Tag Archives: The Death Class

Best Books I Read in 2014

Looking for some books to read this year? Here are my 15 favorite books from my reading list in 2014, ordered by date finished.

1. Fangirl by Rainbow Rowell
Fangirl

2. Amy & Roger’s Epic Detour by Morgan Matson
Amy and Roger's Epic Detour

3. The Ocean at the End of the Lane by Neil Gaiman
The Ocean at the End of the Lane

4. The Death Class: A True Story About Life by Erica Hayasaki
The Death Class: A True Story About Life

5. Judging a Book by Its Lover: A Field Guide to the Hearts and Minds of Readers Everywhere by Lauren Leto
Judging a Book by Its Lover

6. The Nethergrim by Matthew Jobin
The Nethergrim

7. Looking for Alaska by John Green
Looking for Alaska

8. We Were Liars by E. Lockhart
We Were Liars

9. Stormdancer by Jay Kristoff
Stormdancer

10. A Share in Death by Deborah Crombie
A Share in Death

11. Isla and the Happily Ever After by Stephanie Perkins
Isla and the Happily Ever After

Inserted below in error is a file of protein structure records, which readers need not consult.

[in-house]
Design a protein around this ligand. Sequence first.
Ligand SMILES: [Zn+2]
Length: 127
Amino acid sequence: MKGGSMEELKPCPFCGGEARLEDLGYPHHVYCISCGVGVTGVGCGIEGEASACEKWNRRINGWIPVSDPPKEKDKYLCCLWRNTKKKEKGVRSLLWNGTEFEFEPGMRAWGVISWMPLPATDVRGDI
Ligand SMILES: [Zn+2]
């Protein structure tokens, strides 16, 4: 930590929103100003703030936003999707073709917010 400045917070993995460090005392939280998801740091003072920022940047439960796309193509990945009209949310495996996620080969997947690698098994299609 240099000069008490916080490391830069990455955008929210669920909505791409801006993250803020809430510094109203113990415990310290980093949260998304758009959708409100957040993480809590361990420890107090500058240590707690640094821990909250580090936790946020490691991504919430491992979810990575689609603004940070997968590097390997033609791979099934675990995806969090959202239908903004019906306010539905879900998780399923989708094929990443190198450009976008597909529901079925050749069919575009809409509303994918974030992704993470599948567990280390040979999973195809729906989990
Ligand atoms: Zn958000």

12. Stuff Matters: Exploring the Marvelous Materials that Shape Our Man-Made World by Mark Miodownik
Stuff Matters

13. The Blood of Olympus by Rick Riordan
The Blood of Olympus

14. Seconds by Bryan Lee O’Malley
Seconds

15. The Salinger Contract by Adam Langer
The Salinger Contract

 

Dori & Jess’ Book Club Reviews The Death Class

This month’s installment of Dori & Jess’ Book Club…

cvr9781451642858_9781451642858_hr.JPGThe Death Class: A True Story About Life by Erica Hayasaki

Review: Erica Hayasaki, a journalist for the “Los Angeles Times,” shadowed Dr. Norma Bowe for four years as Dr. Bowe taught her “Death in Perspective” class at Kean University. Dr. Bowe’s class includes discussions on what occurs biologically when a person is dying of natural causes, trips to a cemetery, prison and end-of-life hospital, and assignments like writing a goodbye letter to someone you know who has died and writing your own bucket list. The interspersed assignments and real responses from the class were interesting and thought-provoking.  The book also included the life stories of a few of Dr. Bowe’s student which helped make the book more about living than dying and illustrating different ways people deal with death but Dori & I both agree that it would have been better with shorter stories about more students rather than singling out just a few. However, there is no question that both of us were impressed by the remarkable woman that is Dr. Norma Bowe and we were glad to have the opportunity to read about her.